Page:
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    555 is a KA555, and I've tried two transistors each with similar results:
    2N6520 and MJE15031G
     
  10. SgtWookie

    Expert

    Jul 17, 2007
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    OK, what's the value of the collector resistor?
     
  11. dude_500

    Thread Starter New Member

    Oct 22, 2009
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    It's a 400 ohm, but it behaves this way even if the collector pin isn't connected to anything. Applying power to the collector or wiring it in has no impact and the voltage output out of the final output shows no modulation at all
     
  12. SgtWookie

    Expert

    Jul 17, 2007
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    Strange.

    You know that the 400 Ohm collector resistor should have a 50W rating, right?

    Unless you're running a really short duty cycle.
     
  13. dude_500

    Thread Starter New Member

    Oct 22, 2009
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    It's a 20 watt wirewound, and usually it's only set to -65 or -70V, 100 is just the maximum. It is short duty cycle of only a minute or two at a time so I'm not too concerned.
     
  14. SgtWookie

    Expert

    Jul 17, 2007
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    OK, the fact that it's a wirewound resistor could be causing a big problem.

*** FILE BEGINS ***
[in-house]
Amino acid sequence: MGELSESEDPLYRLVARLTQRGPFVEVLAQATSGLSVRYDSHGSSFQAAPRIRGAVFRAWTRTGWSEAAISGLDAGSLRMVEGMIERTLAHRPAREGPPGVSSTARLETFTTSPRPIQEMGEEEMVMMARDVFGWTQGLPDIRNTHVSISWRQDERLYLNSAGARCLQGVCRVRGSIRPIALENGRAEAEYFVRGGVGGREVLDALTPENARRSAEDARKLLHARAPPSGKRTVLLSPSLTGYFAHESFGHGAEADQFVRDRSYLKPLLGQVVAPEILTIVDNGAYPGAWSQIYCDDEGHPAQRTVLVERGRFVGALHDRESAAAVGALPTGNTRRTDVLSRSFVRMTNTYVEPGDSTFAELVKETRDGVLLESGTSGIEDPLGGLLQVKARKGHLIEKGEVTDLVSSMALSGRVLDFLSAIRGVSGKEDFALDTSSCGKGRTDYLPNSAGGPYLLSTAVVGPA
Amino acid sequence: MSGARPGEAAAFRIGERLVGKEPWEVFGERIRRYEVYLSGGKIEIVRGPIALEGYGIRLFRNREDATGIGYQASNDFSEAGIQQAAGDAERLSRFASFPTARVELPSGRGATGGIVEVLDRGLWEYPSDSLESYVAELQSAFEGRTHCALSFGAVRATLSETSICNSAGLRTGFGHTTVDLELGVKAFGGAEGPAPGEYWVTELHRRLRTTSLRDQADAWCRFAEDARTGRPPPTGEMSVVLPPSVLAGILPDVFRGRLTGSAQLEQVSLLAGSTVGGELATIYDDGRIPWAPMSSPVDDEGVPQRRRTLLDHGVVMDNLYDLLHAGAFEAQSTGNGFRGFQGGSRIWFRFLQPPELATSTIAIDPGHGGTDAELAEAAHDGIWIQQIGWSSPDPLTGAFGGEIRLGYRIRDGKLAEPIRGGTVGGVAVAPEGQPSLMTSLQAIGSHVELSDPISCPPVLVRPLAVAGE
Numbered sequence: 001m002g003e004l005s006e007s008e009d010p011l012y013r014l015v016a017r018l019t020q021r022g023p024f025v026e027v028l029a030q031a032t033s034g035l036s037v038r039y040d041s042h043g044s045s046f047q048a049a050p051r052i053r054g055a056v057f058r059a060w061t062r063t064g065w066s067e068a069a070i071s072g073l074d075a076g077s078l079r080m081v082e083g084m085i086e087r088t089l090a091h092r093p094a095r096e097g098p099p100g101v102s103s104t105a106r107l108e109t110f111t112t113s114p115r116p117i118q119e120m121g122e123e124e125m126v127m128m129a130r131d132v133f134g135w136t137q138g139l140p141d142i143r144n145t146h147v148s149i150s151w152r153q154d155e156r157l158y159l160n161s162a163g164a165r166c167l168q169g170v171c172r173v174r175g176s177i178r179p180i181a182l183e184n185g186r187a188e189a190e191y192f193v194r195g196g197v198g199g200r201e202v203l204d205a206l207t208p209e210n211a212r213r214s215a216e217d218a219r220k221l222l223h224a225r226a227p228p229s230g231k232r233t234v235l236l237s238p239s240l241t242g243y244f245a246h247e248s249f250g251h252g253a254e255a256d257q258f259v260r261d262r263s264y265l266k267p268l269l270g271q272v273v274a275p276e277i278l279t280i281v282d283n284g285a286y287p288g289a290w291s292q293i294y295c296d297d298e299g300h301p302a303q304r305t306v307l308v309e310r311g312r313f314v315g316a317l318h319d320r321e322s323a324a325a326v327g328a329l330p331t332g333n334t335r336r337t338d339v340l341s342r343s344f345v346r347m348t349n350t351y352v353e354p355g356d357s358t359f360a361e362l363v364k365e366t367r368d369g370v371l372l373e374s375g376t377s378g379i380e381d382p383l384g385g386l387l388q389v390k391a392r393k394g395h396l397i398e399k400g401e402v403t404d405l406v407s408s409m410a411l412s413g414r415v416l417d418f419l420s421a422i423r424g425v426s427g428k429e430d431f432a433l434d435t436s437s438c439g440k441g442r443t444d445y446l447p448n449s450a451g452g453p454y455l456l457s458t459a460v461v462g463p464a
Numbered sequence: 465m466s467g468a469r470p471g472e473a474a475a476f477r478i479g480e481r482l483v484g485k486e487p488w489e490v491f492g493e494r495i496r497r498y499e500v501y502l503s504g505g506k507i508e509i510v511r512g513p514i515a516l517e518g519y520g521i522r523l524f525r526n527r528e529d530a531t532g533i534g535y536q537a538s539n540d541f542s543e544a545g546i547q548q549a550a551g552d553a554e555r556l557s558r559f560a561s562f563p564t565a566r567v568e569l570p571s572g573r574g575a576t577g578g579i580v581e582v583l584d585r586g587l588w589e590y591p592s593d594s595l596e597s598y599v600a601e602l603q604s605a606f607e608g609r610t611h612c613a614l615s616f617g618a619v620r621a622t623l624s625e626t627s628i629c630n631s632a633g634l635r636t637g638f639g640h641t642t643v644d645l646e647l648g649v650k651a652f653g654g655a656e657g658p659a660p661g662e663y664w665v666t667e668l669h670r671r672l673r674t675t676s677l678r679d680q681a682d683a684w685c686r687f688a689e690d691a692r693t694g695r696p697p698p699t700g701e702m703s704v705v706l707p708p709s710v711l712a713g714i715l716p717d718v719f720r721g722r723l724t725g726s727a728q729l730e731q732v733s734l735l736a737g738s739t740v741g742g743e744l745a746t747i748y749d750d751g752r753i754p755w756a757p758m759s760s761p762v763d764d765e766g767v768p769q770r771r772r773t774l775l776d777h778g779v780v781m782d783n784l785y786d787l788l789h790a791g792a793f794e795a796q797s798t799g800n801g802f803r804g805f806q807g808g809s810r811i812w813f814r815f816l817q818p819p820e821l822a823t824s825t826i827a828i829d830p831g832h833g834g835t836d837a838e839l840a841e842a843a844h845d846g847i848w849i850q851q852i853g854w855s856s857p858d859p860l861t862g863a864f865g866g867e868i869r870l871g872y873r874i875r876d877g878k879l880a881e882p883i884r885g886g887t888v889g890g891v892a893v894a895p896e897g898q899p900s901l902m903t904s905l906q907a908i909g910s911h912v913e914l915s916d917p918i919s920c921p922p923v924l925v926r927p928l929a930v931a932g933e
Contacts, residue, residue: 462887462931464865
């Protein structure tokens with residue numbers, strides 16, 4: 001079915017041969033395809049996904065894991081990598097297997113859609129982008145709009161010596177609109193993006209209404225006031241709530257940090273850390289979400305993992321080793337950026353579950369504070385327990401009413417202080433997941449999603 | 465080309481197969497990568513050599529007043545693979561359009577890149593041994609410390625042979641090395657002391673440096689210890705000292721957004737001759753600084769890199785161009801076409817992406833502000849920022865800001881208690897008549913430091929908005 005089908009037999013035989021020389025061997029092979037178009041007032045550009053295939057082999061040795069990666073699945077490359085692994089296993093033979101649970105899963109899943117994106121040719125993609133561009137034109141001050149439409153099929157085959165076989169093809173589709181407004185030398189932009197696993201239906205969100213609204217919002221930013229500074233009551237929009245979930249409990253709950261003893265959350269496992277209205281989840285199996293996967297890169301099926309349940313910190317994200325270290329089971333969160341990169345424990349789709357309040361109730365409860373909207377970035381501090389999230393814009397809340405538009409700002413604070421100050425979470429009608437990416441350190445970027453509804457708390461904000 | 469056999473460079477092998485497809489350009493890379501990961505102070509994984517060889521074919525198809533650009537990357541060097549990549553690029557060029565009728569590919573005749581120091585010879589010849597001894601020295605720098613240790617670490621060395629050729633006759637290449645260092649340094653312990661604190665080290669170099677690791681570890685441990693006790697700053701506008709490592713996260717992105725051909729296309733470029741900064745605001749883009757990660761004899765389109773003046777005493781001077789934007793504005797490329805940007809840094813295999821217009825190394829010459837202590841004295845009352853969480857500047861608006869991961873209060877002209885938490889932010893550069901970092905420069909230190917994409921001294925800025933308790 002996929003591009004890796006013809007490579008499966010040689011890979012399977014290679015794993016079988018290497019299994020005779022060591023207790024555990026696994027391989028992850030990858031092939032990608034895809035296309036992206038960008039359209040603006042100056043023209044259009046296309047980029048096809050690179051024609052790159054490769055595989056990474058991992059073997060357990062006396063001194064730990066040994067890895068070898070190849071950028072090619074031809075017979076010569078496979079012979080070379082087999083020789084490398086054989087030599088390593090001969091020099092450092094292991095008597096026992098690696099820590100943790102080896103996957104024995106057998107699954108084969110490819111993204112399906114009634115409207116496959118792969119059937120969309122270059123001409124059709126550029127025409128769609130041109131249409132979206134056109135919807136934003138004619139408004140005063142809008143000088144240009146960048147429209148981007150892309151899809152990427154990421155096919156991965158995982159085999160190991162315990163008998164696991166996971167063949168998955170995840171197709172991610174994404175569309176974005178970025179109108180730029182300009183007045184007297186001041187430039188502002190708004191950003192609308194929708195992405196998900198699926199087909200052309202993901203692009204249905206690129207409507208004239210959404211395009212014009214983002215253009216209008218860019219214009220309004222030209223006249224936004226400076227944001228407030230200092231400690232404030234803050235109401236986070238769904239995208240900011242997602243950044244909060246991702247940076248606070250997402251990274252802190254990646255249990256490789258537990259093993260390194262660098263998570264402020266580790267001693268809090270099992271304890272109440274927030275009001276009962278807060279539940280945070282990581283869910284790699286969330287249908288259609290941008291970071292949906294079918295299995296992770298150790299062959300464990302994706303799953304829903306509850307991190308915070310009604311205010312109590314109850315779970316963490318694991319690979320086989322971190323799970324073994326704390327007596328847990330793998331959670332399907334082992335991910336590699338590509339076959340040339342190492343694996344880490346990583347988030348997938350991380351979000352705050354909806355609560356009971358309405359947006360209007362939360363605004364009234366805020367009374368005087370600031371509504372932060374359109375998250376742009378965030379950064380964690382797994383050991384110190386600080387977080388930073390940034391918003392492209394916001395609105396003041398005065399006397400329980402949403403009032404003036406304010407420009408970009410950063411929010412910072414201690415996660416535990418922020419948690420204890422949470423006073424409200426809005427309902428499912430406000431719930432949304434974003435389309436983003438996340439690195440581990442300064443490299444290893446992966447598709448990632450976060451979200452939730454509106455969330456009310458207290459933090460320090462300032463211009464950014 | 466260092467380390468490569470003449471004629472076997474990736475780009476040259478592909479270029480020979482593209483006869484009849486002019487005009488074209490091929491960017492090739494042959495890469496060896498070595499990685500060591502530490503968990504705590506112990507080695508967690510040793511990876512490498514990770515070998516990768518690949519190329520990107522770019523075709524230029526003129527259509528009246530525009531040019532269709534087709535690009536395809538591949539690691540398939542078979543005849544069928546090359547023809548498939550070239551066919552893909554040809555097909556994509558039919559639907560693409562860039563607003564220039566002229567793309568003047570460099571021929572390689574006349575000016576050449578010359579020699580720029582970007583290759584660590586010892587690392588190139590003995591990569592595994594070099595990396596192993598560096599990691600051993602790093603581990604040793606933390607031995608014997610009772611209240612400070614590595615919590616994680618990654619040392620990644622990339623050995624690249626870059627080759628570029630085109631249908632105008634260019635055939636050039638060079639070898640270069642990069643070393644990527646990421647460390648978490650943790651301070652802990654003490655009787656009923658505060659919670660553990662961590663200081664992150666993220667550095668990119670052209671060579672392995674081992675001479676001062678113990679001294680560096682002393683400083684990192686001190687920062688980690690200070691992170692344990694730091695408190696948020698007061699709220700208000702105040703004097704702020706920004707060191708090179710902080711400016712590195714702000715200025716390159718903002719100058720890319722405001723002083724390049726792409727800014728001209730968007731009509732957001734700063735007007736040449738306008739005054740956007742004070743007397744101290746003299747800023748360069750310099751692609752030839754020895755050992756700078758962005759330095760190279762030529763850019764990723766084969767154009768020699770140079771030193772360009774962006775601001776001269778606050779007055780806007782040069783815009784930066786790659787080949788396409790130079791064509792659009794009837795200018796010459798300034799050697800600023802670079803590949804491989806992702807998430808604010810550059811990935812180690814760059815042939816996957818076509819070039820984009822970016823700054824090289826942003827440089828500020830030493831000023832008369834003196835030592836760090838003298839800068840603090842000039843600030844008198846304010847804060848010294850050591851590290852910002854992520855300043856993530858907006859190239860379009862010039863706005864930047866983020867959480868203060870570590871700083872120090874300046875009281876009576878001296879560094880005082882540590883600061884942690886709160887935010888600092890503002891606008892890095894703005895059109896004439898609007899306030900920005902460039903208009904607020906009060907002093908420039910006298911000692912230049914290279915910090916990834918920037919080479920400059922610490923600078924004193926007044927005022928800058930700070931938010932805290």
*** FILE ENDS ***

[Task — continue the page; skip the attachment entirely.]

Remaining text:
When the PNP transistor turns off, the current will still try to keep flowing through the resistor; even though it's technically a resistor, wirewounds have a good deal of inductance. That inductance will result in a large reverse EMF spike, which could easily exceed the transistor's ratings.

    Try connecting a 200PIV diode or higher across that resistor; cathode to ground, with a new transistor.
     
  15. Wendy

    Moderator

    Mar 24, 2008
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    Here is a circuit I designed a while back for another OP. The zeners try to control shoot through, where both transistors are on at the same time, and will blow the finals PDQ.

    [​IMG]

    I have never built this, but I think it will work. A fuse is a must.
     
  16. dude_500

    Thread Starter New Member

    Oct 22, 2009
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    SgtWookie, even if the resistor and -high voltage are removed it still behaves this way so that has no effect on the more pressing issue.

    Bill_Marsden, thanks for the schematic however it is a positive polarity design and I need to be switching negative polarity to drive the grids of triodes
     
    Last edited: Nov 9, 2009
  17. CDRIVE

    Senior Member

    Jul 1, 2008
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    What's a Triode?? .... Just kidding!
    Since grid bias does not need to supply power I think you would be far better off with an arrangement like this. It's advantages are that Rc and all the base fwd bias resistors can be made very large which will reduce your current and pwr dissipation considerably.
     
  18. Wendy

    Moderator

    Mar 24, 2008
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    Just a suggestion, but pay attention to how I drove the PNP in my design, it will apply.